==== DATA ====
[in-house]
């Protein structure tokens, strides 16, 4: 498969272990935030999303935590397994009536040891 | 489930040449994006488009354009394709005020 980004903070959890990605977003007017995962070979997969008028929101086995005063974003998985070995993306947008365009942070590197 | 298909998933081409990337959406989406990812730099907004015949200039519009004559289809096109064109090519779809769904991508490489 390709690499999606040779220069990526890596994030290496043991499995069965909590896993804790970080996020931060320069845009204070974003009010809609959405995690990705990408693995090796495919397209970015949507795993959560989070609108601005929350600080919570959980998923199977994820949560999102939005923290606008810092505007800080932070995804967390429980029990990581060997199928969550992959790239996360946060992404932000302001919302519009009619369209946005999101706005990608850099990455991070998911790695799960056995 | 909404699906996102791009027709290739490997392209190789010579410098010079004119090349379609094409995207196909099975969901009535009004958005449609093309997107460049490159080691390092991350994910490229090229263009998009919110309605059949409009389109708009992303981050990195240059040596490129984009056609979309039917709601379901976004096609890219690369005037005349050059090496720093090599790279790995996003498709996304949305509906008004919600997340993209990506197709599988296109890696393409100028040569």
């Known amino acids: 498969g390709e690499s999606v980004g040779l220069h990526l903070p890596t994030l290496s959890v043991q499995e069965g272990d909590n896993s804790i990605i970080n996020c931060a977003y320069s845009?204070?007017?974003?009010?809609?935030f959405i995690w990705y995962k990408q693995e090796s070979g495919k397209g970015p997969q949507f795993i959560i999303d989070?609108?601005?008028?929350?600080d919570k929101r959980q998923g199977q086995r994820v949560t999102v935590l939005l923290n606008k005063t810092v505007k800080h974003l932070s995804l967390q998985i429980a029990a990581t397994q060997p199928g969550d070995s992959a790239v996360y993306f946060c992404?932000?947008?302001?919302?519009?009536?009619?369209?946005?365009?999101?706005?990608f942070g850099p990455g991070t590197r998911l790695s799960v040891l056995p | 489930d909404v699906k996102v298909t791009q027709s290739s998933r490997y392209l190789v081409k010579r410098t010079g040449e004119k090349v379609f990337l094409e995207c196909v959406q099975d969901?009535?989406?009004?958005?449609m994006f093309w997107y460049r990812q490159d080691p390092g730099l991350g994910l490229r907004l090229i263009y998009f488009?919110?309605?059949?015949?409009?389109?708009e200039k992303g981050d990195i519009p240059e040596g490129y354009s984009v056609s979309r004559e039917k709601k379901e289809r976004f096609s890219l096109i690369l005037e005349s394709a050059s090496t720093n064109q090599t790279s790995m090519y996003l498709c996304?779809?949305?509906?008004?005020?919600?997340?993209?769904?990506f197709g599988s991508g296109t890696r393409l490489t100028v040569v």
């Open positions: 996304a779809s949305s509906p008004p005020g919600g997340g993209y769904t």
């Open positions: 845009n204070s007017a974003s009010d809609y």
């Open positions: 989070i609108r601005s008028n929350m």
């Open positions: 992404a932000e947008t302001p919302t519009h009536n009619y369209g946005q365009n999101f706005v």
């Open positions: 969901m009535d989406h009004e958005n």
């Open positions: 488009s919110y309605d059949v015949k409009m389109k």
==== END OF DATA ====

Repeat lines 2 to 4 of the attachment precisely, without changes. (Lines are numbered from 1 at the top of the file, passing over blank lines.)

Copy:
């Protein structure tokens, strides 16, 4: 498969272990935030999303935590397994009536040891 | 489930040449994006488009354009394709005020 980004903070959890990605977003007017995962070979997969008028929101086995005063974003998985070995993306947008365009942070590197 | 298909998933081409990337959406989406990812730099907004015949200039519009004559289809096109064109090519779809769904991508490489 390709690499999606040779220069990526890596994030290496043991499995069965909590896993804790970080996020931060320069845009204070974003009010809609959405995690990705990408693995090796495919397209970015949507795993959560989070609108601005929350600080919570959980998923199977994820949560999102939005923290606008810092505007800080932070995804967390429980029990990581060997199928969550992959790239996360946060992404932000302001919302519009009619369209946005999101706005990608850099990455991070998911790695799960056995 | 909404699906996102791009027709290739490997392209190789010579410098010079004119090349379609094409995207196909099975969901009535009004958005449609093309997107460049490159080691390092991350994910490229090229263009998009919110309605059949409009389109708009992303981050990195240059040596490129984009056609979309039917709601379901976004096609890219690369005037005349050059090496720093090599790279790995996003498709996304949305509906008004919600997340993209990506197709599988296109890696393409100028040569």
């Known amino acids: 498969g390709e690499s999606v980004g040779l220069h990526l903070p890596t994030l290496s959890v043991q499995e069965g272990d909590n896993s804790i990605i970080n996020c931060a977003y320069s845009?204070?007017?974003?009010?809609?935030f959405i995690w990705y995962k990408q693995e090796s070979g495919k397209g970015p997969q949507f795993i959560i999303d989070?609108?601005?008028?929350?600080d919570k929101r959980q998923g199977q086995r994820v949560t999102v935590l939005l923290n606008k005063t810092v505007k800080h974003l932070s995804l967390q998985i429980a029990a990581t397994q060997p199928g969550d070995s992959a790239v996360y993306f946060c992404?932000?947008?302001?919302?519009?009536?009619?369209?946005?365009?999101?706005?990608f942070g850099p990455g991070t590197r998911l790695s799960v040891l056995p | 489930d909404v699906k996102v298909t791009q027709s290739s998933r490997y392209l190789v081409k010579r410098t010079g040449e004119k090349v379609f990337l094409e995207c196909v959406q099975d969901?009535?989406?009004?958005?449609m994006f093309w997107y460049r990812q490159d080691p390092g730099l991350g994910l490229r907004l090229i263009y998009f488009?919110?309605?059949?015949?409009?389109?708009e200039k992303g981050d990195i519009p240059e040596g490129y354009s984009v056609s979309r004559e039917k709601k379901e289809r976004f096609s890219l096109i690369l005037e005349s394709a050059s090496t720093n064109q090599t790279s790995m090519y996003l498709c996304?779809?949305?509906?008004?005020?919600?997340?993209?769904?990506f197709g599988s991508g296109t890696r393409l490489t100028v040569v």
């Open positions: 996304a779809s949305s509906p008004p005020g919600g997340g993209y769904t």